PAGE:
The researchers noted the danger that high stress hormone levels can pose over time, highlighting the association between elevated cortisol and a higher risk for developing high blood pressure, diabetes, abdominal obesity and a decreased resistance to infection.

On another biological front, the authors reported that blood tests revealed up to 12 times higher levels of a liver-produced protein known as plasma fibrinogen among the least happy men and women.

Fibrinogen works to stop bleeding by helping clots to form, but elevated levels of the protein have been associated with a higher risk for cardiovascular disease.

The researchers concluded that a having a strong sense of well-being and happiness may help boost biological systems, ultimately helping to lower the risk for developing a range of illnesses down the road. And they emphasized that this happiness-healthiness pathway appears to be a direct mind-body link that is independent of lifestyle choices, such as exercise, smoking and drinking.

"There's no doubt that people should do the healthy lifestyle things -- being physically active, and more prudent in their diets, and not smoking -- irrespective of this biological link," Steptoe advised. "But we need to think about things that will lead to more positive states as well. Doing things that you want to do, and getting gratification from those things."

But Steptoe cautioned that the road to becoming a happier -- and thereby healthier -- person can be tricky to navigate.

"I can't really prescribe how people should make themselves happier, because philosophers have failed at that for centuries," he said. "But most of our sense of happiness seems to relate to having good relationships with family and friends, and that's not something that can be maintained without some investment of effort, and keeping an appropriate balance. That balance, of course, is going to be different for different people."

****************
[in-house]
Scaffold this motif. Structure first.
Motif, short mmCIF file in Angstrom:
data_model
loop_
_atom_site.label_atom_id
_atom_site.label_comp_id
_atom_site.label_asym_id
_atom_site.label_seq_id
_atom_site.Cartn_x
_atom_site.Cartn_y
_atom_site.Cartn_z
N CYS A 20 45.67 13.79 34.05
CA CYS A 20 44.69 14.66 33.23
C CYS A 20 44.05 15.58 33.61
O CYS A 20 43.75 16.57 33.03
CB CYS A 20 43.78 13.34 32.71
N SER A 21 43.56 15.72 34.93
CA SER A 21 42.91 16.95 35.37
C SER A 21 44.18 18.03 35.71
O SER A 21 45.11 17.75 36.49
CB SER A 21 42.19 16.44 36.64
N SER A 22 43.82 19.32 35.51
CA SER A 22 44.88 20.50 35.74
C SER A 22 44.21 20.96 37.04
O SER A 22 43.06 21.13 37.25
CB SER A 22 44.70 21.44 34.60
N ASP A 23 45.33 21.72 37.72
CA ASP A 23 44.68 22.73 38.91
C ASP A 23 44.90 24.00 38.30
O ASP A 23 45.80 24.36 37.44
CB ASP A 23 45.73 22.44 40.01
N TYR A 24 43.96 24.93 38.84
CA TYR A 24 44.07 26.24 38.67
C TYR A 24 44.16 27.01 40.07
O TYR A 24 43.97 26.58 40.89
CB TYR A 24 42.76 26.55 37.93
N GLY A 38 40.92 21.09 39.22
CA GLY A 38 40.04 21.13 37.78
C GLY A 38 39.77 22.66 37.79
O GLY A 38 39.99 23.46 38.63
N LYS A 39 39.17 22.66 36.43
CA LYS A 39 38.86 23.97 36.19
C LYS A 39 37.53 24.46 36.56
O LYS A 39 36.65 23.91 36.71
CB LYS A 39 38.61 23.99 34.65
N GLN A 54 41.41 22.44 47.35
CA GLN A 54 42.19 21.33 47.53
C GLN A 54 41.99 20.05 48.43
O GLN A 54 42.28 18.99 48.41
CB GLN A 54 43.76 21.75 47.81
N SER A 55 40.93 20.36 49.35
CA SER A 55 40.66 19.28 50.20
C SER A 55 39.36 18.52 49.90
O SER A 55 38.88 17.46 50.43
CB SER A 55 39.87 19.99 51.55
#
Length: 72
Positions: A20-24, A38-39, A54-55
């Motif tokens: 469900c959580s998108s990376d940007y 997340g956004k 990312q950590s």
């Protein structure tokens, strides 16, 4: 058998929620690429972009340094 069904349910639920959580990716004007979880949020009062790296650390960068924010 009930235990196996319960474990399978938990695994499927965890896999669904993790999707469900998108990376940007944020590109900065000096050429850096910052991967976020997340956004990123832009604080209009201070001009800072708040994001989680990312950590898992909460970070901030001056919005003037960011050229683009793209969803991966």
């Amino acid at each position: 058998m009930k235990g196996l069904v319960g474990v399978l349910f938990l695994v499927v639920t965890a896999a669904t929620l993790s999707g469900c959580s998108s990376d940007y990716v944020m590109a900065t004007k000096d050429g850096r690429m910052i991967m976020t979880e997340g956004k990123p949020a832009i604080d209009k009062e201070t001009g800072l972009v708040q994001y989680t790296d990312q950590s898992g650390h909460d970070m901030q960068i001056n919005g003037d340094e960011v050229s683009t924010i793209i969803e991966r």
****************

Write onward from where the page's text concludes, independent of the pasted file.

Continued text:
Dr. Albert Ray is regional coordinator for health promotion and preventive care for Kaiser Permanente Southern California in San Diego. He said, "I try to give people concrete things to do to help de-stress. Get a dog, get a cat, go out, play sports, go to their religious institution, do yoga, get married, have a relationship, go on a vacation, do things that can relax a person."

Ray wholeheartedly applauded the researchers' ability to isolate the biological evidence for the effect happiness has on our bodies -- something he said he's observed anecdotally for years.

"There's no question that people with a positive attitude have lower blood pressure, suffer less illness, usually have lower cholesterol and better resistance to most infections," he said. "And when they do get sick, usually a positive attitude can result in shorter illness."

"And I think every doctor tries to tell their patient to get out and smell the flowers, go for a walk, read a book, and try and look on the bright side rather than have a negative outlook," Ray added. "It just seems sensible to reason. Even without being a doctor."